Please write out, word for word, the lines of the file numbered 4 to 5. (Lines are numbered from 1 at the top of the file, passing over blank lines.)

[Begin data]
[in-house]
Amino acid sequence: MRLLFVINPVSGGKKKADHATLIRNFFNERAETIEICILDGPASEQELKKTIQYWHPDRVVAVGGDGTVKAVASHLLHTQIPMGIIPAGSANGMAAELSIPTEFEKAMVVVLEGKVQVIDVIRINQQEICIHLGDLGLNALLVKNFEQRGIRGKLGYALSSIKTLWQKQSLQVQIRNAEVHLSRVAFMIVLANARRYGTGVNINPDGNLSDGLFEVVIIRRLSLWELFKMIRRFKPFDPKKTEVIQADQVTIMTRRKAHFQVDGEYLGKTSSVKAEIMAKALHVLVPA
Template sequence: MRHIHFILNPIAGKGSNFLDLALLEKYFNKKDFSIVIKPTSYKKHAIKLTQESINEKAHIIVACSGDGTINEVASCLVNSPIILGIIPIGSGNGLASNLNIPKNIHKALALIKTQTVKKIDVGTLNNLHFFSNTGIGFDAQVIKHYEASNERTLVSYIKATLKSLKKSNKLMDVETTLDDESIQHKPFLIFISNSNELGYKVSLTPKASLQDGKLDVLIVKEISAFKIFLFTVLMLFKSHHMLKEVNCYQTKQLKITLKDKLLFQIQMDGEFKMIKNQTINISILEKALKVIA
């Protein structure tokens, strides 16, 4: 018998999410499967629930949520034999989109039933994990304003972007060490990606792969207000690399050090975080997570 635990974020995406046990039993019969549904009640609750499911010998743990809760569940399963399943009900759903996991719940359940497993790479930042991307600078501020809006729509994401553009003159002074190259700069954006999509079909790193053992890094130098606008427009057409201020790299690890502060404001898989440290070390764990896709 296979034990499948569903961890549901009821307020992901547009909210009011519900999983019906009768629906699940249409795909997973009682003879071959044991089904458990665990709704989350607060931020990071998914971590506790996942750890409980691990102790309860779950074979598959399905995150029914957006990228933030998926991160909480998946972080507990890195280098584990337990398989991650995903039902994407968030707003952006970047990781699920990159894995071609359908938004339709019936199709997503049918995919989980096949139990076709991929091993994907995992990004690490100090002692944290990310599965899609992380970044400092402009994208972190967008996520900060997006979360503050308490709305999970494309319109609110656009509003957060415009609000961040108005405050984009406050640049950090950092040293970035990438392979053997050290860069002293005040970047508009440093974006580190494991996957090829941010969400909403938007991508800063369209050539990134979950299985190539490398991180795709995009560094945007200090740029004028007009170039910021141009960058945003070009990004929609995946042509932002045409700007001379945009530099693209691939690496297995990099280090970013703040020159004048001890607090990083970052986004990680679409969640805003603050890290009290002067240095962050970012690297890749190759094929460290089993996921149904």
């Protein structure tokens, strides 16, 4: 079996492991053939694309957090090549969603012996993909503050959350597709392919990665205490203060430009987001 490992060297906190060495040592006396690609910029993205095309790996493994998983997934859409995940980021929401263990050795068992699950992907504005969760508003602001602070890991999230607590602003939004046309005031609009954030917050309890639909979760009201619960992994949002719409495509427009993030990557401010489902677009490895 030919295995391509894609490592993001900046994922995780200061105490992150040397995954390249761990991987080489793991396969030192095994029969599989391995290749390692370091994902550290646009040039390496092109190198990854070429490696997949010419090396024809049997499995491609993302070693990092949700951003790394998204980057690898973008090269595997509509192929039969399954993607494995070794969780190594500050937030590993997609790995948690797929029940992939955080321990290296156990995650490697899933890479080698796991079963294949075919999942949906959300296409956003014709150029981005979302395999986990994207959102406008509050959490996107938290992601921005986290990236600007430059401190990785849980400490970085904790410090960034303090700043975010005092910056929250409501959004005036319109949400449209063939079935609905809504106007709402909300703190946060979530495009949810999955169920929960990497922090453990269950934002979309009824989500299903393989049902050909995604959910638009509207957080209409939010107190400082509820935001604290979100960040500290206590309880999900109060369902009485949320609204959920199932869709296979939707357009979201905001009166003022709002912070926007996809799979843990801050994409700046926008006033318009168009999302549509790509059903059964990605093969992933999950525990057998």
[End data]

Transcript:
């Protein structure tokens, strides 16, 4: 018998999410499967629930949520034999989109039933994990304003972007060490990606792969207000690399050090975080997570 635990974020995406046990039993019969549904009640609750499911010998743990809760569940399963399943009900759903996991719940359940497993790479930042991307600078501020809006729509994401553009003159002074190259700069954006999509079909790193053992890094130098606008427009057409201020790299690890502060404001898989440290070390764990896709 296979034990499948569903961890549901009821307020992901547009909210009011519900999983019906009768629906699940249409795909997973009682003879071959044991089904458990665990709704989350607060931020990071998914971590506790996942750890409980691990102790309860779950074979598959399905995150029914957006990228933030998926991160909480998946972080507990890195280098584990337990398989991650995903039902994407968030707003952006970047990781699920990159894995071609359908938004339709019936199709997503049918995919989980096949139990076709991929091993994907995992990004690490100090002692944290990310599965899609992380970044400092402009994208972190967008996520900060997006979360503050308490709305999970494309319109609110656009509003957060415009609000961040108005405050984009406050640049950090950092040293970035990438392979053997050290860069002293005040970047508009440093974006580190494991996957090829941010969400909403938007991508800063369209050539990134979950299985190539490398991180795709995009560094945007200090740029004028007009170039910021141009960058945003070009990004929609995946042509932002045409700007001379945009530099693209691939690496297995990099280090970013703040020159004048001890607090990083970052986004990680679409969640805003603050890290009290002067240095962050970012690297890749190759094929460290089993996921149904």
């Protein structure tokens, strides 16, 4: 079996492991053939694309957090090549969603012996993909503050959350597709392919990665205490203060430009987001 490992060297906190060495040592006396690609910029993205095309790996493994998983997934859409995940980021929401263990050795068992699950992907504005969760508003602001602070890991999230607590602003939004046309005031609009954030917050309890639909979760009201619960992994949002719409495509427009993030990557401010489902677009490895 030919295995391509894609490592993001900046994922995780200061105490992150040397995954390249761990991987080489793991396969030192095994029969599989391995290749390692370091994902550290646009040039390496092109190198990854070429490696997949010419090396024809049997499995491609993302070693990092949700951003790394998204980057690898973008090269595997509509192929039969399954993607494995070794969780190594500050937030590993997609790995948690797929029940992939955080321990290296156990995650490697899933890479080698796991079963294949075919999942949906959300296409956003014709150029981005979302395999986990994207959102406008509050959490996107938290992601921005986290990236600007430059401190990785849980400490970085904790410090960034303090700043975010005092910056929250409501959004005036319109949400449209063939079935609905809504106007709402909300703190946060979530495009949810999955169920929960990497922090453990269950934002979309009824989500299903393989049902050909995604959910638009509207957080209409939010107190400082509820935001604290979100960040500290206590309880999900109060369902009485949320609204959920199932869709296979939707357009979201905001009166003022709002912070926007996809799979843990801050994409700046926008006033318009168009999302549509790509059903059964990605093969992933999950525990057998």